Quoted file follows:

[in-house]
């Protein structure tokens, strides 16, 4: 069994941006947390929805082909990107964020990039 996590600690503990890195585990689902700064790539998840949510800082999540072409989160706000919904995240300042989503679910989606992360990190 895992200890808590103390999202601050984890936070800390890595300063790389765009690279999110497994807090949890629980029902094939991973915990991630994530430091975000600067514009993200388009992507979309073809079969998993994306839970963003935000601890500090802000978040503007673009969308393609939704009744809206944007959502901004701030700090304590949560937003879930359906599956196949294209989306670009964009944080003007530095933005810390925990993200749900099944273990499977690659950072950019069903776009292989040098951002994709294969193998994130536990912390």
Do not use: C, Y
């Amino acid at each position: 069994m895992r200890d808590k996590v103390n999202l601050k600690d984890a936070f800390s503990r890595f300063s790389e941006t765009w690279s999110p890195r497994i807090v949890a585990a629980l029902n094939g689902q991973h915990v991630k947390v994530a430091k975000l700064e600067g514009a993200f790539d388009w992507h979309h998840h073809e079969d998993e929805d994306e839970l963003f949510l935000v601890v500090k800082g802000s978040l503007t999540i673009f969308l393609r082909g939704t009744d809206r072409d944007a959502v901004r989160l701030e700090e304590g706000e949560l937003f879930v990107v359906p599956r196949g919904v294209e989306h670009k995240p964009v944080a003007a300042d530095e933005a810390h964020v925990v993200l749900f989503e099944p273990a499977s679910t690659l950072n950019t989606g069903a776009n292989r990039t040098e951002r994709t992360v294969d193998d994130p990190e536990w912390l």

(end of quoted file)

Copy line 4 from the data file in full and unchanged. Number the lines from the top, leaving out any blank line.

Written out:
């Amino acid at each position: 069994m895992r200890d808590k996590v103390n999202l601050k600690d984890a936070f800390s503990r890595f300063s790389e941006t765009w690279s999110p890195r497994i807090v949890a585990a629980l029902n094939g689902q991973h915990v991630k947390v994530a430091k975000l700064e600067g514009a993200f790539d388009w992507h979309h998840h073809e079969d998993e929805d994306e839970l963003f949510l935000v601890v500090k800082g802000s978040l503007t999540i673009f969308l393609r082909g939704t009744d809206r072409d944007a959502v901004r989160l701030e700090e304590g706000e949560l937003f879930v990107v359906p599956r196949g919904v294209e989306h670009k995240p964009v944080a003007a300042d530095e933005a810390h964020v925990v993200l749900f989503e099944p273990a499977s679910t690659l950072n950019t989606g069903a776009n292989r990039t040098e951002r994709t992360v294969d193998d994130p990190e536990w912390l």